American Journal of Geriatric Psychiatry | 2021

Using Smart EHR Tools for Early Detection of Delirium in Hospitalized Older Adults



Introduction Delirium is a serious medical condition associated with increased mortality, increased length of hospital stay, high rates of rehospitalization and increased hospital costs. This illness is especially common in hospitalized older adults with estimated prevalence between 10-50% of this population. Guideline based treatment of delirium consists largely of delirium prevention and management of symptoms once diagnosed. Therefore, early detection and identification of patients at high risk of developing delirium are vital strategies. In a retrospective chart review assessing the current method for detecting delirium in a large, quaternary, academic medical center, prevalence was estimated at Methods Researchers used a daily automated report to identify hospitalized patients 70 and older at a large quaternary academic medical hospital in Phoenix, Arizona. Participants were chosen randomly from this report. Non-English speaking patients were excluded. Trained psychiatry resident physicians communicated with the patient s nurse and asked for the bCAM to be performed on the patient. The nurse then reported results of the assessment back to the researching physician who would score and document the results. Patients were considered to have delirium if the bCAM completed with the patient s nurse was positive. This was then compared to nurse s assessments, documented in the EHR, of patient s neurologic symptoms, best verbal response from the GCS (Glasgow Coma Scale), and orientation over the previous 72 hours: NOVAD. If a patient was documented as anything other than having no neurologic symptoms, a best verbal response on GCS of “oriented,” and an orientation assessment of “oriented x4,” the patient was positive for delirium based on NOVAD. Results 30 hospitalized patients over the age of 70 were included in this initial prospective validation study. 30% (n=9) of patients in this study had delirium based on bCAM. Delirium prevalence based on NOVAD score was 70% (n=30). The sensitivity and specificity of NOVAD were found to be 78% and 33% respectively. Conclusions This chart-based, health care analytic tool is an effective and timely way to aid in early identification of delirium in hospitalized older adults. Given low specificity, it is not an alternative to a formal diagnostic evaluation by a physician. Further validation of the tool with a larger participant volume is ongoing. Funding No funding to declare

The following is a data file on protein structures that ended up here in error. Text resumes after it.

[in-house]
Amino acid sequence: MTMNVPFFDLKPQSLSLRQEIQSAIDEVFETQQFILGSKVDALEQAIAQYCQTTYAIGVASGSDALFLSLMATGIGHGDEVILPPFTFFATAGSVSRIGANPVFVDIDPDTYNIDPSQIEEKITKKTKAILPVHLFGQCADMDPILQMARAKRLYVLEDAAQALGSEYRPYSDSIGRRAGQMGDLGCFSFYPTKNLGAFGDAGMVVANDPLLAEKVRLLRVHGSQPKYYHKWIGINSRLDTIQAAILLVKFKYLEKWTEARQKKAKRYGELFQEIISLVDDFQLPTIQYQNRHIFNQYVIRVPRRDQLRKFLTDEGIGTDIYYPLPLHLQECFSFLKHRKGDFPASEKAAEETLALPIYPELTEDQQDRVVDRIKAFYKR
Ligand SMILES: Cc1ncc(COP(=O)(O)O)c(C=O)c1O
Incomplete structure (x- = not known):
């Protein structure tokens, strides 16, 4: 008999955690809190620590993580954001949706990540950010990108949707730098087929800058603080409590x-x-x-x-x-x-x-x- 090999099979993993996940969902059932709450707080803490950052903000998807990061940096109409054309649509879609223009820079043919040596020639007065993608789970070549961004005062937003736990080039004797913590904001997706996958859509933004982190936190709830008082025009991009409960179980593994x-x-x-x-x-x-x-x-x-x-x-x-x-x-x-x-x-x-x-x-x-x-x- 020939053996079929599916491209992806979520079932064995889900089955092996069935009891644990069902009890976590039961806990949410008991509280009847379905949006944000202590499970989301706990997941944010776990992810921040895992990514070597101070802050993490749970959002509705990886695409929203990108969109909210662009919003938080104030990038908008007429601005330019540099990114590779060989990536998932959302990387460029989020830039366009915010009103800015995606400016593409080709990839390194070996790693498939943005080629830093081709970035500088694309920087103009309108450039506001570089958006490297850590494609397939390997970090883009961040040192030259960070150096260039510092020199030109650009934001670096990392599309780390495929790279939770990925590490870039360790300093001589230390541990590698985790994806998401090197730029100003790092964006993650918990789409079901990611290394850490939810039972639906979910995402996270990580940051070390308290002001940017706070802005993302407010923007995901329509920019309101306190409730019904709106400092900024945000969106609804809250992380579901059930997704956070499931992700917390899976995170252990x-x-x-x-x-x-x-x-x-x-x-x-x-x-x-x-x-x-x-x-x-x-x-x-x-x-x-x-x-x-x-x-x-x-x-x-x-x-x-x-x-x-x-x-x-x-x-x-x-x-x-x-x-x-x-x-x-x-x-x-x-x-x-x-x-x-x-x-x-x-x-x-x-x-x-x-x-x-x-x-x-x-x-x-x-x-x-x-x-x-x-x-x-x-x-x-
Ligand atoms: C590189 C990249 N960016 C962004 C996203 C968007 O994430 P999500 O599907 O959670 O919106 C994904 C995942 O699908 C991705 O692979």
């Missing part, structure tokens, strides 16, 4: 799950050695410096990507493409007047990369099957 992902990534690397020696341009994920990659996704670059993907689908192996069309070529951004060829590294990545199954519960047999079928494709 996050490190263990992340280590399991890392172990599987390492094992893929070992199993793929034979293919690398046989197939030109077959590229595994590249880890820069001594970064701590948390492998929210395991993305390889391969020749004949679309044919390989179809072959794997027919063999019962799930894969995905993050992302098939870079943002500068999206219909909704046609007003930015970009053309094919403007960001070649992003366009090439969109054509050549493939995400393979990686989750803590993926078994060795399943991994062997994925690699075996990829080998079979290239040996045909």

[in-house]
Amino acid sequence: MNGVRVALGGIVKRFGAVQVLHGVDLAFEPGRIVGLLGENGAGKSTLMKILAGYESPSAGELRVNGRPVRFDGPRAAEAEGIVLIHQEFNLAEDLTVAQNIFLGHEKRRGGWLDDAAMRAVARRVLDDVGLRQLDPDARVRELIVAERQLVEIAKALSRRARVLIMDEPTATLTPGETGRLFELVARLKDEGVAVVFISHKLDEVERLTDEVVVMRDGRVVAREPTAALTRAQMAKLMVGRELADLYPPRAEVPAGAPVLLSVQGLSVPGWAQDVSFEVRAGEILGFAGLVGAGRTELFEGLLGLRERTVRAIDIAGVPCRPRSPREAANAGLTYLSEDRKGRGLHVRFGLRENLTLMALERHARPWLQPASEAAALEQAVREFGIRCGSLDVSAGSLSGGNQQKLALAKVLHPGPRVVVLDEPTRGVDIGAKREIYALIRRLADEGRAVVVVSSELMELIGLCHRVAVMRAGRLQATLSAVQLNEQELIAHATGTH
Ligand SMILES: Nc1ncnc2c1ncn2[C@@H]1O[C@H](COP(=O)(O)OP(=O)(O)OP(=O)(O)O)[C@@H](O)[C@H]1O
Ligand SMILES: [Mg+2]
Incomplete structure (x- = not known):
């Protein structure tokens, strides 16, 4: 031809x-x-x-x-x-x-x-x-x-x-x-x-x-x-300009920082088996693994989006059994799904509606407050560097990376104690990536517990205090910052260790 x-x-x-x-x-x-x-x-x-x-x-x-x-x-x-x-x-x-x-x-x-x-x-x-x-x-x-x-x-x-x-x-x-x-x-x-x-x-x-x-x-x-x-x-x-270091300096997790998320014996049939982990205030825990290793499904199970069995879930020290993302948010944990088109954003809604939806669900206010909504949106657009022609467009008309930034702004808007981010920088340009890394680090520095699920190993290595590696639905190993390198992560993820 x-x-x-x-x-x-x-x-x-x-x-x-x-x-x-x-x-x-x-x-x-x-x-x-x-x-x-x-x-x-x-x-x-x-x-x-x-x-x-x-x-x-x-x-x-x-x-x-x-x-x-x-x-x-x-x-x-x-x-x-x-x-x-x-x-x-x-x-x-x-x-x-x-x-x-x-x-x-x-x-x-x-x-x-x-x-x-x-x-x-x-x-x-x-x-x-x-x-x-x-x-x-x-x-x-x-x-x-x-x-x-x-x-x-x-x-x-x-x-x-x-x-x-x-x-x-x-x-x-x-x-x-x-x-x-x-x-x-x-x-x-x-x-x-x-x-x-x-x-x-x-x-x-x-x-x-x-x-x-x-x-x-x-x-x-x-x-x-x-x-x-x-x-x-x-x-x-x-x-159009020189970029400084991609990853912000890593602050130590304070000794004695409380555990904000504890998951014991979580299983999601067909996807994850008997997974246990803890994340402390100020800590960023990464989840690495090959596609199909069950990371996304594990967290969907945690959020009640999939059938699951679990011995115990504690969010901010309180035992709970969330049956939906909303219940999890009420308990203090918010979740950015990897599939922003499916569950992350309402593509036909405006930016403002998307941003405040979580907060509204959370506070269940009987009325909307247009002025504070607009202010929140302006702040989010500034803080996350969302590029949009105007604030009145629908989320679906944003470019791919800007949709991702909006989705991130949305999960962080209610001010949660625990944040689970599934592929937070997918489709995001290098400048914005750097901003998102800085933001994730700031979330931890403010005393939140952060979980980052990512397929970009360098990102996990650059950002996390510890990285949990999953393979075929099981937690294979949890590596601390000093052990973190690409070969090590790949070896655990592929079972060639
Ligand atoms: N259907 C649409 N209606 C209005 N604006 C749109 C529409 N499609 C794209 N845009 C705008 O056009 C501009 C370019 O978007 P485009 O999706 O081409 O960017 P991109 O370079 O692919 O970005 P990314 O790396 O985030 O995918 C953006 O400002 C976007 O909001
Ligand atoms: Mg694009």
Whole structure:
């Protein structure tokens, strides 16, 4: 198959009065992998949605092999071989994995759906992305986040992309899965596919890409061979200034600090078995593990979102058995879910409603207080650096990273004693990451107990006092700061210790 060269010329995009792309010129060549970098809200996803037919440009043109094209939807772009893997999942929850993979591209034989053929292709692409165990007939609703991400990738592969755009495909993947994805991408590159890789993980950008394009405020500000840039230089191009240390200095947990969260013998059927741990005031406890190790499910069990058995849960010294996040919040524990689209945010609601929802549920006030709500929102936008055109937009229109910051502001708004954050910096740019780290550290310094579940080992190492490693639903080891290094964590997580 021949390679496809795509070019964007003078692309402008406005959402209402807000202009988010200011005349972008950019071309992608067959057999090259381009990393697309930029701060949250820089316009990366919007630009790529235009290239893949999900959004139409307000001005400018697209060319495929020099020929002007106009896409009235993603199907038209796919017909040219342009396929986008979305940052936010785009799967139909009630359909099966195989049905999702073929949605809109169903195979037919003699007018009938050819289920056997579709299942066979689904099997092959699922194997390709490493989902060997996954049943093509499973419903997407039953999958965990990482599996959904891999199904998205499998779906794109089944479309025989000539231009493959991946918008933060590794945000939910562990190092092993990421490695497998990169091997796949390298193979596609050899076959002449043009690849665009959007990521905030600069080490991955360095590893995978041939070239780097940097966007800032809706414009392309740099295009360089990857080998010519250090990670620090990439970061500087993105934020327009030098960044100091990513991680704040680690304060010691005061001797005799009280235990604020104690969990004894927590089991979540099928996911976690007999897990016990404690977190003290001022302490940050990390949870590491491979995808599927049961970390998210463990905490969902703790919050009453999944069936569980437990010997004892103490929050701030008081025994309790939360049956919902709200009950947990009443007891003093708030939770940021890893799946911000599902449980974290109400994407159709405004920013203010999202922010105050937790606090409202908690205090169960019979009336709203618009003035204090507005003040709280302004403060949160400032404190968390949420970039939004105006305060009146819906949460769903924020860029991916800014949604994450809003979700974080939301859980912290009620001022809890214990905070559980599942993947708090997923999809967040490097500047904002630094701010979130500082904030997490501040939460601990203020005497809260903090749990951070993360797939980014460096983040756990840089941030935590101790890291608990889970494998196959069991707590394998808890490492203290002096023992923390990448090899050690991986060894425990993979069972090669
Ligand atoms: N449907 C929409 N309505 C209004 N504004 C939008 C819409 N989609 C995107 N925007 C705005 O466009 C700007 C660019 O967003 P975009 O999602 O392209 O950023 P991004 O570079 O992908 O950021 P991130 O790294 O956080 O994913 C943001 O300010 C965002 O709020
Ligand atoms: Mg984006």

Volume 29
Pages None
DOI 10.1016/J.JAGP.2021.01.080
Language English
Journal American Journal of Geriatric Psychiatry

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